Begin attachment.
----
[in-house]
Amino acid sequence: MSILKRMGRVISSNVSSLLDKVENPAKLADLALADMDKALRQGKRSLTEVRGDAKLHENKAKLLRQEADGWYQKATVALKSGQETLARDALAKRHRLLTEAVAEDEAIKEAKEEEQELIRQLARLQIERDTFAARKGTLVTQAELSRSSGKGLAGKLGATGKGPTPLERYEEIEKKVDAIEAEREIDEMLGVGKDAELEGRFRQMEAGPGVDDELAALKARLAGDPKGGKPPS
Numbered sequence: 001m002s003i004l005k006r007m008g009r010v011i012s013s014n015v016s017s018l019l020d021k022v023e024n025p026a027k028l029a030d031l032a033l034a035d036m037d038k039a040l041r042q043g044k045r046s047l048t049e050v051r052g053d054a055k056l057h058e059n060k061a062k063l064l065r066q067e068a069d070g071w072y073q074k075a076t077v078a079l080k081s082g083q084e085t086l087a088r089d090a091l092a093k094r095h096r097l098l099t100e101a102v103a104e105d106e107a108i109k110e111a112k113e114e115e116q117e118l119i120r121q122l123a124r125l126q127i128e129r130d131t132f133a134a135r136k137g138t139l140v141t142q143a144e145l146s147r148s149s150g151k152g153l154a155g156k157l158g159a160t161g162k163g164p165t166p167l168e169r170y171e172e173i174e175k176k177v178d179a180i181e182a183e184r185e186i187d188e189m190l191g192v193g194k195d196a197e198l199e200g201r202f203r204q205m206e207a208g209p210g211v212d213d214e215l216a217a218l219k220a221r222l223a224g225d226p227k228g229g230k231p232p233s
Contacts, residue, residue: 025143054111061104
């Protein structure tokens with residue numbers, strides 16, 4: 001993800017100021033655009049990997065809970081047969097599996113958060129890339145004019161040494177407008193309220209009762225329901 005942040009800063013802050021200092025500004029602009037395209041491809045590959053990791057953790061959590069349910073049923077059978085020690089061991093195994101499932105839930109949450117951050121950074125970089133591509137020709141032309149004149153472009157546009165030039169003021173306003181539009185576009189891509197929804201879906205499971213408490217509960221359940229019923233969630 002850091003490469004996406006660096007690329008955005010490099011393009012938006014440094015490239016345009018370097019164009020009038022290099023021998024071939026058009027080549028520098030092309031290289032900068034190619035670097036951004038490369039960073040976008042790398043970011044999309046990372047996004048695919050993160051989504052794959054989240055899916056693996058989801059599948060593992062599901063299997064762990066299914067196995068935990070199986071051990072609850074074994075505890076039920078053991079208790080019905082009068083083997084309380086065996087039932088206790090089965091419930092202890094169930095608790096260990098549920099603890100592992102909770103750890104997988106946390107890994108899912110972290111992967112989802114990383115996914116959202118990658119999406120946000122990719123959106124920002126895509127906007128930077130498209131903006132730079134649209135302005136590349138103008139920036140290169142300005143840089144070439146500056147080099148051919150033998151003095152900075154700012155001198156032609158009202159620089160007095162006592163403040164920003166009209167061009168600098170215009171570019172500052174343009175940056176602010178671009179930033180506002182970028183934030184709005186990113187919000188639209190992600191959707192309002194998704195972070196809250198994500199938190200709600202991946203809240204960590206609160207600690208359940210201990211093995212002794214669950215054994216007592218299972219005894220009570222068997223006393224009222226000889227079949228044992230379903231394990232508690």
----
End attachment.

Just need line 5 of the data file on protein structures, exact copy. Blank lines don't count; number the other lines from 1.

């Protein structure tokens with residue numbers, strides 16, 4: 001993800017100021033655009049990997065809970081047969097599996113958060129890339145004019161040494177407008193309220209009762225329901 005942040009800063013802050021200092025500004029602009037395209041491809045590959053990791057953790061959590069349910073049923077059978085020690089061991093195994101499932105839930109949450117951050121950074125970089133591509137020709141032309149004149153472009157546009165030039169003021173306003181539009185576009189891509197929804201879906205499971213408490217509960221359940229019923233969630 002850091003490469004996406006660096007690329008955005010490099011393009012938006014440094015490239016345009018370097019164009020009038022290099023021998024071939026058009027080549028520098030092309031290289032900068034190619035670097036951004038490369039960073040976008042790398043970011044999309046990372047996004048695919050993160051989504052794959054989240055899916056693996058989801059599948060593992062599901063299997064762990066299914067196995068935990070199986071051990072609850074074994075505890076039920078053991079208790080019905082009068083083997084309380086065996087039932088206790090089965091419930092202890094169930095608790096260990098549920099603890100592992102909770103750890104997988106946390107890994108899912110972290111992967112989802114990383115996914116959202118990658119999406120946000122990719123959106124920002126895509127906007128930077130498209131903006132730079134649209135302005136590349138103008139920036140290169142300005143840089144070439146500056147080099148051919150033998151003095152900075154700012155001198156032609158009202159620089160007095162006592163403040164920003166009209167061009168600098170215009171570019172500052174343009175940056176602010178671009179930033180506002182970028183934030184709005186990113187919000188639209190992600191959707192309002194998704195972070196809250198994500199938190200709600202991946203809240204960590206609160207600690208359940210201990211093995212002794214669950215054994216007592218299972219005894220009570222068997223006393224009222226000889227079949228044992230379903231394990232508690």